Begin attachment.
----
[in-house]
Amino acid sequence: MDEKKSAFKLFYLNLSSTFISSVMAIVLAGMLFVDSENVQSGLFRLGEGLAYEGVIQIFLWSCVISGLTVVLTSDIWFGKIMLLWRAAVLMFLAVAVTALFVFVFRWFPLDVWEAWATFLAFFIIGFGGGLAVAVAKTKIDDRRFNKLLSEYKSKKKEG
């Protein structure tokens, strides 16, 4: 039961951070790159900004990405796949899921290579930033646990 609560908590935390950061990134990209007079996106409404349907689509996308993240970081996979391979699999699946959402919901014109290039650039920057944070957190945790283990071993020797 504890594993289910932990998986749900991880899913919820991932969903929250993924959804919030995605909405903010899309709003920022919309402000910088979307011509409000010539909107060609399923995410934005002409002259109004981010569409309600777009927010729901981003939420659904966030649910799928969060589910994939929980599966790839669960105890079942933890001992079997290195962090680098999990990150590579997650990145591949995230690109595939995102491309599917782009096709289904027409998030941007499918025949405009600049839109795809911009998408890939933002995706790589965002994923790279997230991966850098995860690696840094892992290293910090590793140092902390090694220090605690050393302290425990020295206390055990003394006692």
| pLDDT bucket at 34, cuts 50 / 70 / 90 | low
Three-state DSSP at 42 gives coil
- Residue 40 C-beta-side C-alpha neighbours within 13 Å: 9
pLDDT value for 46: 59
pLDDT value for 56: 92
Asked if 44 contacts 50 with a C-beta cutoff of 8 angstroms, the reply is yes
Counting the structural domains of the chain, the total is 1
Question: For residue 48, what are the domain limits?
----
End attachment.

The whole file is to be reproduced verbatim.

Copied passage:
[in-house]
Amino acid sequence: MDEKKSAFKLFYLNLSSTFISSVMAIVLAGMLFVDSENVQSGLFRLGEGLAYEGVIQIFLWSCVISGLTVVLTSDIWFGKIMLLWRAAVLMFLAVAVTALFVFVFRWFPLDVWEAWATFLAFFIIGFGGGLAVAVAKTKIDDRRFNKLLSEYKSKKKEG
């Protein structure tokens, strides 16, 4: 039961951070790159900004990405796949899921290579930033646990 609560908590935390950061990134990209007079996106409404349907689509996308993240970081996979391979699999699946959402919901014109290039650039920057944070957190945790283990071993020797 504890594993289910932990998986749900991880899913919820991932969903929250993924959804919030995605909405903010899309709003920022919309402000910088979307011509409000010539909107060609399923995410934005002409002259109004981010569409309600777009927010729901981003939420659904966030649910799928969060589910994939929980599966790839669960105890079942933890001992079997290195962090680098999990990150590579997650990145591949995230690109595939995102491309599917782009096709289904027409998030941007499918025949405009600049839109795809911009998408890939933002995706790589965002994923790279997230991966850098995860690696840094892992290293910090590793140092902390090694220090605690050393302290425990020295206390055990003394006692």
| pLDDT bucket at 34, cuts 50 / 70 / 90 | low
Three-state DSSP at 42 gives coil
- Residue 40 C-beta-side C-alpha neighbours within 13 Å: 9
pLDDT value for 46: 59
pLDDT value for 56: 92
Asked if 44 contacts 50 with a C-beta cutoff of 8 angstroms, the reply is yes
Counting the structural domains of the chain, the total is 1
Question: For residue 48, what are the domain limits?